Initially, a virtual environment may portray familiar conditions, but the shift to a virtual environment in projects can create a variety of new considerations in mimicking the body and movement. The panel urges those exploring virtual production to employ additional time, budget and experts in their timelines for these new considerations. Using extra resourcing in timelines will provide opportunities to test and adjust to achieve successful results from projects.

Accessibility and affordability in virtual production

In the 2010 decade, when the technology had a high price point, short lifespans and the risk of damage, creating virtual production environments was in many cases prohibitive and inaccessible. 

Fast forward, technological advancements have made virtual production more accessible, with low-end virtual reality (VR) headsets available for as little as £300. Although technologies like motion capture tracking systems, LED screens and virtual camera systems are still expensive, studios like Advanced Media Production have invested in high-end equipment that are available to businesses and organisations of all sizes who wish to explore research and innovation in media production. The aim in the capability is to be technology agnostic so that multiple combinations can be used and foster better interoperability.  

Democratising access to similar facilities as well as making leading-edge expertise in media production, 3D technology, motion capture, and photogrammetry more accessible is key for the UK creative industries’ growth. These studios allow the creators to access and test the technology without any commercial barriers while enabling them to enhance creativity and allows the network to continuously improve and pivot the experience for their clients.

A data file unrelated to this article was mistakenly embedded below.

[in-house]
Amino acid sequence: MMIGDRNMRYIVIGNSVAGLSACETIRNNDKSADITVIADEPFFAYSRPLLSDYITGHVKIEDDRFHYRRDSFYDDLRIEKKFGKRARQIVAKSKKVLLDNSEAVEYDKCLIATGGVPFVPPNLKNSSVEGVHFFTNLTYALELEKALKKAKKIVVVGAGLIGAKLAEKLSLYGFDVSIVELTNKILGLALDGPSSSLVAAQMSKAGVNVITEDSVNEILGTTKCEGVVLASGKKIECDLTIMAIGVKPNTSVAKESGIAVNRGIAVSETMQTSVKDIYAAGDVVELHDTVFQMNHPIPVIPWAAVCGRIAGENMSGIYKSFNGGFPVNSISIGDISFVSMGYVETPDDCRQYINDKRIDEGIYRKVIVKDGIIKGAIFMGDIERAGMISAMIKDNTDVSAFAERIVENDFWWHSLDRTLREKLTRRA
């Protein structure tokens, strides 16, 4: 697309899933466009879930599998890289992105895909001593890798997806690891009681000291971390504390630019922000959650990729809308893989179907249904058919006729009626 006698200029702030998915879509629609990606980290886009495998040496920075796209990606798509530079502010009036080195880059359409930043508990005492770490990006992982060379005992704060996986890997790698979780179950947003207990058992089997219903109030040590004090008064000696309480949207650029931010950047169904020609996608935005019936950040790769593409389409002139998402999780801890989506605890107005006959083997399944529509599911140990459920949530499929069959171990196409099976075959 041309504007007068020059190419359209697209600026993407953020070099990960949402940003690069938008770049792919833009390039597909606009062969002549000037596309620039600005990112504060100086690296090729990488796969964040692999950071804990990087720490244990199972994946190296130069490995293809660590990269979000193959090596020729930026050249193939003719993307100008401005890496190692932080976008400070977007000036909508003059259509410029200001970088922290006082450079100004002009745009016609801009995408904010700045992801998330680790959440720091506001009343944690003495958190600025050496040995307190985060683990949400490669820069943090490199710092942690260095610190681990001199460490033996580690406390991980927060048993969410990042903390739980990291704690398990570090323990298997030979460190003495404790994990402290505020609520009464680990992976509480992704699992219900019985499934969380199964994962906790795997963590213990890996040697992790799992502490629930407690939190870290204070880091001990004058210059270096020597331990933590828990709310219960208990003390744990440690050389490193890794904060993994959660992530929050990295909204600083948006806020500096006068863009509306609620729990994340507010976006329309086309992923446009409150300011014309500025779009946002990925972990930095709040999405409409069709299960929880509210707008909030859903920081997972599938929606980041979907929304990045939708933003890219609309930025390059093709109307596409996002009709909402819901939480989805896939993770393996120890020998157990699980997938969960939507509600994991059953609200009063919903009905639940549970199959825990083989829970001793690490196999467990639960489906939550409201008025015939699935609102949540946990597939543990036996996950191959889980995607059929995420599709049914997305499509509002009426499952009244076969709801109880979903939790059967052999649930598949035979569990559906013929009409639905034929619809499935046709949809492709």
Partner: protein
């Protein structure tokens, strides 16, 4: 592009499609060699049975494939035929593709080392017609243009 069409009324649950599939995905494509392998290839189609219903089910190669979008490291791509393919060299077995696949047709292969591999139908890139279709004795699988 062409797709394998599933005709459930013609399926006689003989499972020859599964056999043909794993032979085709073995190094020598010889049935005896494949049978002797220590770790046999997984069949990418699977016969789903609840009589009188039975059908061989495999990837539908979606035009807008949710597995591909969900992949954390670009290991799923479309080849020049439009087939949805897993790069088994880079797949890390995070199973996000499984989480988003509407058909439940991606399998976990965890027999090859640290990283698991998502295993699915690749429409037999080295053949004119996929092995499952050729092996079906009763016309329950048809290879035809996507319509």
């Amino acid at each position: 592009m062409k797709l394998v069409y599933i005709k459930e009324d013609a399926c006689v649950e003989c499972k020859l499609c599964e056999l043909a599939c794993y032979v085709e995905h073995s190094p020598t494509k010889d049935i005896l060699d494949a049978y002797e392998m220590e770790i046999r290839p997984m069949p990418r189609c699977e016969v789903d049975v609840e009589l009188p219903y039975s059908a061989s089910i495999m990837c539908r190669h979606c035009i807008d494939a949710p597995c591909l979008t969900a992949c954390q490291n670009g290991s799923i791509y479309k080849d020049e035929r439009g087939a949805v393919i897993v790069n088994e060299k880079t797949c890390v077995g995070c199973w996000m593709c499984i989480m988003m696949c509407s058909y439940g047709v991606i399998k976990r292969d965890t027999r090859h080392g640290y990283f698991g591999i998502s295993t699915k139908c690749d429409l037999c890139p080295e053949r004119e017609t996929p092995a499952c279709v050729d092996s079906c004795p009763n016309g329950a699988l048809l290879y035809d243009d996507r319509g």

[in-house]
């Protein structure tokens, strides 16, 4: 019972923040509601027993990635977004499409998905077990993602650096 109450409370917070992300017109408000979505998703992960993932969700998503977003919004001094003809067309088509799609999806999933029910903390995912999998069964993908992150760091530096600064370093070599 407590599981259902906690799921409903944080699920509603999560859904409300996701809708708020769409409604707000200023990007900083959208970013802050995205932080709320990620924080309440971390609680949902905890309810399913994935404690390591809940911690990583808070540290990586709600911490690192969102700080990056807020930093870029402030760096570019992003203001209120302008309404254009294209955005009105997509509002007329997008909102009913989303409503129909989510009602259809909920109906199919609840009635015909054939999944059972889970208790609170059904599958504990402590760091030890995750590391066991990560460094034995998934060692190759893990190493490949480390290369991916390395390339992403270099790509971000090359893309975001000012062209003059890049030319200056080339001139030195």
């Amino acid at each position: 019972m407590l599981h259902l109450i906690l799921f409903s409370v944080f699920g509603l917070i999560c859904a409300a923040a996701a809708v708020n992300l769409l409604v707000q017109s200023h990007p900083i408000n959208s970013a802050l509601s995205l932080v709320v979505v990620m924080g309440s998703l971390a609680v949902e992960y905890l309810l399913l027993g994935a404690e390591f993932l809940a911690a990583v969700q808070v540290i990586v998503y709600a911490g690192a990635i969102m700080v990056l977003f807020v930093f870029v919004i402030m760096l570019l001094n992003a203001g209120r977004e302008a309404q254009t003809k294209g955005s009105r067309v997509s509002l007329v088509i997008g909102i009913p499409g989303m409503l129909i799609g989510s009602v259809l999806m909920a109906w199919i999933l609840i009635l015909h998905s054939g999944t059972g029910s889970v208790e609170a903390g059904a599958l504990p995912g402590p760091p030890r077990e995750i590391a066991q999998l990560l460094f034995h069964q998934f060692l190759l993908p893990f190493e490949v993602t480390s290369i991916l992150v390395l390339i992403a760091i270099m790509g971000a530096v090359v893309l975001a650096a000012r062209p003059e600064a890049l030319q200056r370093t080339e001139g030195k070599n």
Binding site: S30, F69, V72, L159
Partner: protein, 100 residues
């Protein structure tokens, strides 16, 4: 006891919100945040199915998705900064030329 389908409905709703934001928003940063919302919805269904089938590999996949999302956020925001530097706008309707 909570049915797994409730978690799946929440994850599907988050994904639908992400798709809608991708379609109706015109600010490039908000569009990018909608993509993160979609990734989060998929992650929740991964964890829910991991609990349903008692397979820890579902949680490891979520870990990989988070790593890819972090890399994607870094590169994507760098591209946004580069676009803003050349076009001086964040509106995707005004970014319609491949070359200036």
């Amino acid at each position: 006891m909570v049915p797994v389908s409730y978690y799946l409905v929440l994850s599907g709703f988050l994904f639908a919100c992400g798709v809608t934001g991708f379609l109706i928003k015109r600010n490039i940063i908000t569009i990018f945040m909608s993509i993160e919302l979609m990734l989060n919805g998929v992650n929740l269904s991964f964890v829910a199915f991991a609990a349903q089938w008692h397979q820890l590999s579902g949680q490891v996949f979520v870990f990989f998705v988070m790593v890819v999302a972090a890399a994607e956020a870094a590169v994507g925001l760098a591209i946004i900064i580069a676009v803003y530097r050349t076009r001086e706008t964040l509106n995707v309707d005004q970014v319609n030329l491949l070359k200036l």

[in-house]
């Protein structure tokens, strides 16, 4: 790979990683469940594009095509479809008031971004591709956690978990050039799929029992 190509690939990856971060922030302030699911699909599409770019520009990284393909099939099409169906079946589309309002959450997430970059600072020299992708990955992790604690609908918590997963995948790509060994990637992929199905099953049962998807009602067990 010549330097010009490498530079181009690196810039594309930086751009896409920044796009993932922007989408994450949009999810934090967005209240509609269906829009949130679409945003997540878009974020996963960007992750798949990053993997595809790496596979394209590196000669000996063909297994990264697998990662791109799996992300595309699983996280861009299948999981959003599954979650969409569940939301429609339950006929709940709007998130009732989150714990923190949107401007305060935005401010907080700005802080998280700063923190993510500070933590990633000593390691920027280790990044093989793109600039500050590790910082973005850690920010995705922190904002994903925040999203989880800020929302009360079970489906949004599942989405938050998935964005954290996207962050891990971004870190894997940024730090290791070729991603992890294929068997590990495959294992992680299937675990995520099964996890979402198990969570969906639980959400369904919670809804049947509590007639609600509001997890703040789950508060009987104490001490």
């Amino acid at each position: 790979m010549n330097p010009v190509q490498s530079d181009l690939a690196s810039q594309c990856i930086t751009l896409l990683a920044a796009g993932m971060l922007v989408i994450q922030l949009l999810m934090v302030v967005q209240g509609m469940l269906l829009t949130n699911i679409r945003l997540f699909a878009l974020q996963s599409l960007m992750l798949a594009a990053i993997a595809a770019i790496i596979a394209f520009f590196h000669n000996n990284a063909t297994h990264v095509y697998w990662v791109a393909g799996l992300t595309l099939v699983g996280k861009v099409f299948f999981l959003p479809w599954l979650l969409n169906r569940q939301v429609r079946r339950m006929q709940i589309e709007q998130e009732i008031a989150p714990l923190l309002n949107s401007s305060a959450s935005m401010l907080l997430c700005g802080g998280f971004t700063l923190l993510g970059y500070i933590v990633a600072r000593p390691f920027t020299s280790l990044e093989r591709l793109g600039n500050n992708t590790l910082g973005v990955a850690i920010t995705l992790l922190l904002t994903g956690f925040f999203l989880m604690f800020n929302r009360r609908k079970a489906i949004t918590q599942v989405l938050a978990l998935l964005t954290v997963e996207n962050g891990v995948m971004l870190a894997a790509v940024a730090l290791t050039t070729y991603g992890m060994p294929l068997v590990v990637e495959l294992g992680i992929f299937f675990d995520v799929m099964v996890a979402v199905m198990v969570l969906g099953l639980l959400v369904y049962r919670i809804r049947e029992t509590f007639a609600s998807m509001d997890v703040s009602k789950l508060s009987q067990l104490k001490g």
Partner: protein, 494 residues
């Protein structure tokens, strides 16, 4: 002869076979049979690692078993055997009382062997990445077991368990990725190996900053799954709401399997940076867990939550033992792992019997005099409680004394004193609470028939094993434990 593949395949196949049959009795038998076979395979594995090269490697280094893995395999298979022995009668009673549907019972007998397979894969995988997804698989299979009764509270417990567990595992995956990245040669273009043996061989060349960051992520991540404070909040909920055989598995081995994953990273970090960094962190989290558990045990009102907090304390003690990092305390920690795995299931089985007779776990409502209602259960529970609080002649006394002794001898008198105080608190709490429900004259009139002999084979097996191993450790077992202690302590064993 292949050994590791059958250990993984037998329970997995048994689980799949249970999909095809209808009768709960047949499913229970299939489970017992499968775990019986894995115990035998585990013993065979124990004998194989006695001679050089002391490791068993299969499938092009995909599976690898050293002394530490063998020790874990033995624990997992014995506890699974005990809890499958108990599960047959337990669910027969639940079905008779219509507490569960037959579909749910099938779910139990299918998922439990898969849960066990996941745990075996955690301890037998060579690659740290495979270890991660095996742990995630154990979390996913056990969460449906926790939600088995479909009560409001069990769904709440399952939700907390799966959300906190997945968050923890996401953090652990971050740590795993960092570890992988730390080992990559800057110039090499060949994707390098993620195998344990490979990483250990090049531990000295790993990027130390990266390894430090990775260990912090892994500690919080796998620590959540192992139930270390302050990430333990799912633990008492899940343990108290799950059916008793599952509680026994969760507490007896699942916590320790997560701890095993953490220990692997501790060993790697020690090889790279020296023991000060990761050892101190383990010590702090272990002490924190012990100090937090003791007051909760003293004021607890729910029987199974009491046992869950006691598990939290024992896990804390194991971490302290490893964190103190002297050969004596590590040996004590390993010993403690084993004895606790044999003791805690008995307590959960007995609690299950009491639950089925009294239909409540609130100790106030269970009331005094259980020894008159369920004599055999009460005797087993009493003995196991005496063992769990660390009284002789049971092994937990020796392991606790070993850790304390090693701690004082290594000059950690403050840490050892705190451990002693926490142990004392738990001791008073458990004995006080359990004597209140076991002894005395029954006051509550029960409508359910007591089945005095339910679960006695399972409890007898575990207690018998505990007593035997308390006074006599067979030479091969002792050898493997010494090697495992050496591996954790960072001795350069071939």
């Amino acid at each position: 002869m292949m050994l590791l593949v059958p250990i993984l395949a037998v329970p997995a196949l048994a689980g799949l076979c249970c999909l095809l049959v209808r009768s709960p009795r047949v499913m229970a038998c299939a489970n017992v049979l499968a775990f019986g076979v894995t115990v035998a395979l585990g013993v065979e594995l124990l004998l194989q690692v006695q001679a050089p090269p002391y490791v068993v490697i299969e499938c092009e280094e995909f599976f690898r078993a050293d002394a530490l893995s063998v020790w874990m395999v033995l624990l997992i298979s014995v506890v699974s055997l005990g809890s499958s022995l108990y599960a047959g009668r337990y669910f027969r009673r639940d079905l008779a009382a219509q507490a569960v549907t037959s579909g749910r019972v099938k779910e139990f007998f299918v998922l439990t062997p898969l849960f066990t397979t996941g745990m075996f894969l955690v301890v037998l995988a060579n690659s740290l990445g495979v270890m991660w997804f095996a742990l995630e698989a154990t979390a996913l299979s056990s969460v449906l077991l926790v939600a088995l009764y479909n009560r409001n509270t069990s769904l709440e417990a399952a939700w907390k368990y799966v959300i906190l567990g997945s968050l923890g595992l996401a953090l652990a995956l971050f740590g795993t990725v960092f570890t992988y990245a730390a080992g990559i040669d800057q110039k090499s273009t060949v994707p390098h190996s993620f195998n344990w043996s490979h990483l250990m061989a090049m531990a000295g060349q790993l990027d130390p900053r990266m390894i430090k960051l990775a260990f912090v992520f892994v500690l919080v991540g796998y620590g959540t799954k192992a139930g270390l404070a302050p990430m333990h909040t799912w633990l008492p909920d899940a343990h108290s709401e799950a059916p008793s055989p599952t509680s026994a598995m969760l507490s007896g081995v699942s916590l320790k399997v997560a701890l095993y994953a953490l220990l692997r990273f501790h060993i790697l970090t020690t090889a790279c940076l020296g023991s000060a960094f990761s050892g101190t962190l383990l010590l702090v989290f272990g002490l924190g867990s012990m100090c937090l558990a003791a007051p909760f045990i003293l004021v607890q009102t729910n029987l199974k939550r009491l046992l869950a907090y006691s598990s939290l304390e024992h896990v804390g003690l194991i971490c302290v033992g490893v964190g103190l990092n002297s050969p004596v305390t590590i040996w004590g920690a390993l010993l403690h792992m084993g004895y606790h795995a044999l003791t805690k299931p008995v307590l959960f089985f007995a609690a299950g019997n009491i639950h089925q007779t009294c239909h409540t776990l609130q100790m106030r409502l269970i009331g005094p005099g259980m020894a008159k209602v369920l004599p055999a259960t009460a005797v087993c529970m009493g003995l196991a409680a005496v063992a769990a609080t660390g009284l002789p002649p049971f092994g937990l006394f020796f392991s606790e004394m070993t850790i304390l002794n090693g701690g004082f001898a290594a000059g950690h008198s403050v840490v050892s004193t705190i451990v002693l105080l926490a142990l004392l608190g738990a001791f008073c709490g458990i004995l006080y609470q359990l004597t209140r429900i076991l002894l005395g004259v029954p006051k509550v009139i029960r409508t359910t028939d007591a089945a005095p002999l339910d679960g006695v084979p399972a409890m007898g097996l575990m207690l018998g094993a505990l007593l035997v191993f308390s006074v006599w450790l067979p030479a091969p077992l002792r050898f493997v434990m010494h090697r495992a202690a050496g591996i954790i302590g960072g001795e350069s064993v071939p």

As mentioned in the recently published Advanced Media Production: Foresighting Skills for the Future Report, overcoming the knowledge gap and effectively engaging with technology requires additional resources that are often unavailable to everyone.

Having the opportunity to try different things out and just understand the relative accordances and the benefits and challenges that you have with them is a really important part of building our product concepts. So coming to the virtual production stage to try out some ideas with a really high-end system was great to understand the difference of how that compared instead of using the inertial motion capture suits that they’ve been using in other productions. Alexander Whitley
Founder and Choreographer at the Alexander Whitley Dance Company

Looking ahead

The Advanced Media Production Network delved into a variety of topics that resonate with immersive content creators across the virtual production landscape. Accessibility was at the top of everyone’s minds at the conference, where democratising access to affordable but at the same time cutting-edge media production studios is a necessity for the UK creative industries and beyond. 

The Advanced Media Production network, developed by Target3D and Digital Catapult and funded by Innovate UK, encourages to utilise the interconnected 5G-enabled facilities for everything ranging from commercial projects, research, individual creator opportunities and much more.